Petra Whiteley



Acres of Solitude



No one in the story. Does there have to be someone, anyone? Or can it be, just A bar with a bass crackling from shaded corner above the red, worn musty carpet. Must someone listen to it? Can it just linger and be? A song that's never left.

A smell that rings in the sleep. A peculiar light, a renegade witness.


Does it have to be like tea, squeezed animals swirling and sugar strained from red seas, somewhere within? Beating ant-hems of nations merrily, merrily. Nations, like old, loose pidgeons, darkeningly drunk, excreating busy-ness.


And those who are given to the other side of the story so reluctantly, so unwillingly, are moving so very, so very slowly. They are nobodies like you-me-us. It takes infinite move--ment of snooker balls to make the clock go and that, that sad, sad song to find its last note. A history of miles spent breathing flying words and bodies, left behind like they were already dead when they were just belling, contemplating the planes that weren't moving. Destinations undeparted. Firestealers in amnesia, in ennui film sweat, sea acres of solitude.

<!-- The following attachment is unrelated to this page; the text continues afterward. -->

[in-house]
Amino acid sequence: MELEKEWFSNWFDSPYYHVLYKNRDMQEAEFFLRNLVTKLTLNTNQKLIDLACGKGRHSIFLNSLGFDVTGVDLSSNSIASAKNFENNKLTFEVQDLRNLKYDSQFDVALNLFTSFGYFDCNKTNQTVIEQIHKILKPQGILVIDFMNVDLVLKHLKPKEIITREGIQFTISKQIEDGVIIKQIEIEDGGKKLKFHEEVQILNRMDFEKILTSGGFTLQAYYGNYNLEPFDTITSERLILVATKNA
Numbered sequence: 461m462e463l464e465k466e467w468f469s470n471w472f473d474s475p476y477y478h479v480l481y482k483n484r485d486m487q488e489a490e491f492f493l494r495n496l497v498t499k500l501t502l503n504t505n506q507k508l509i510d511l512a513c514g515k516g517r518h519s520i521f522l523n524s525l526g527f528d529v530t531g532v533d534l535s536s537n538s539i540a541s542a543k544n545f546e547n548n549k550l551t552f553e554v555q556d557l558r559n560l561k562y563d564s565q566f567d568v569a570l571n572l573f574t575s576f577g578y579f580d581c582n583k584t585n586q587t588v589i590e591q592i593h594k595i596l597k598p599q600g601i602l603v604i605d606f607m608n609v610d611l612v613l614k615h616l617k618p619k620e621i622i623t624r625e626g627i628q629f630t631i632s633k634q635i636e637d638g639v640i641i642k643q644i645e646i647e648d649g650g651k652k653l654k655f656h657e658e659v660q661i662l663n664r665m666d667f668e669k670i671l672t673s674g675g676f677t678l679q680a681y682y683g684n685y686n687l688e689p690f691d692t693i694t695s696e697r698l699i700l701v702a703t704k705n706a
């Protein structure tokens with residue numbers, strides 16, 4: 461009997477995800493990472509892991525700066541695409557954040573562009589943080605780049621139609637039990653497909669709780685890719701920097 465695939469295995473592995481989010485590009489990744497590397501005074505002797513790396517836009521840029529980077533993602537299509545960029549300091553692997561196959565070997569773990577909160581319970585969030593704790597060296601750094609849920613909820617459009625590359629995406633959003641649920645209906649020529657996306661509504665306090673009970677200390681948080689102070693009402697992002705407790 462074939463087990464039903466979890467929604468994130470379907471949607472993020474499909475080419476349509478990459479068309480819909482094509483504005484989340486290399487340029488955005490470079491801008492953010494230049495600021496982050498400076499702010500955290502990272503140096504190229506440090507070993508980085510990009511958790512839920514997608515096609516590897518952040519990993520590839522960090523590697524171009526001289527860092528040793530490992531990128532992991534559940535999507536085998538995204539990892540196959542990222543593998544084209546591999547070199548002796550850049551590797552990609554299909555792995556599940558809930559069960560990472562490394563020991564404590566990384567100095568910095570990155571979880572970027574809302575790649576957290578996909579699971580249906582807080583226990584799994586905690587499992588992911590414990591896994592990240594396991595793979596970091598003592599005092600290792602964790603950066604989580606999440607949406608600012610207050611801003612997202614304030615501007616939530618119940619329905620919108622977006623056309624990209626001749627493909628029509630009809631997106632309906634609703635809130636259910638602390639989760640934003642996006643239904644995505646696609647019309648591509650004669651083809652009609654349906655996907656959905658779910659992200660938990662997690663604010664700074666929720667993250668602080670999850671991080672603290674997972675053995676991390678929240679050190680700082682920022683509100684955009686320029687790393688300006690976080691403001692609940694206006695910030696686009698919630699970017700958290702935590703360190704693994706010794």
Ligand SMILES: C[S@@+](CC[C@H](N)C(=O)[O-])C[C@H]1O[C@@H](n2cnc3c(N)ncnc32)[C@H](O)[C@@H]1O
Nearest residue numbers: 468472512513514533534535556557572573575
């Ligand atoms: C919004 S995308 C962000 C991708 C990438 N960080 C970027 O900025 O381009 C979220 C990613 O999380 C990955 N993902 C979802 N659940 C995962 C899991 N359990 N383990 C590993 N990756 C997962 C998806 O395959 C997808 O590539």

A cut between a place and a mist that clings to walls. In the dark it looks prettier. The lonely. In the clothes on the floor, there is some hope growing within them. It is a rising steam, a mirage. Defeat of the day came with birthing blood and residues of struggles, the expulsion tax. A tide, a glow. Now this story is not so great, so it opens a can of dreams.


Washed out in the rain, that cold, tired rain spinning in the drain.





Petra Whiteley © 2010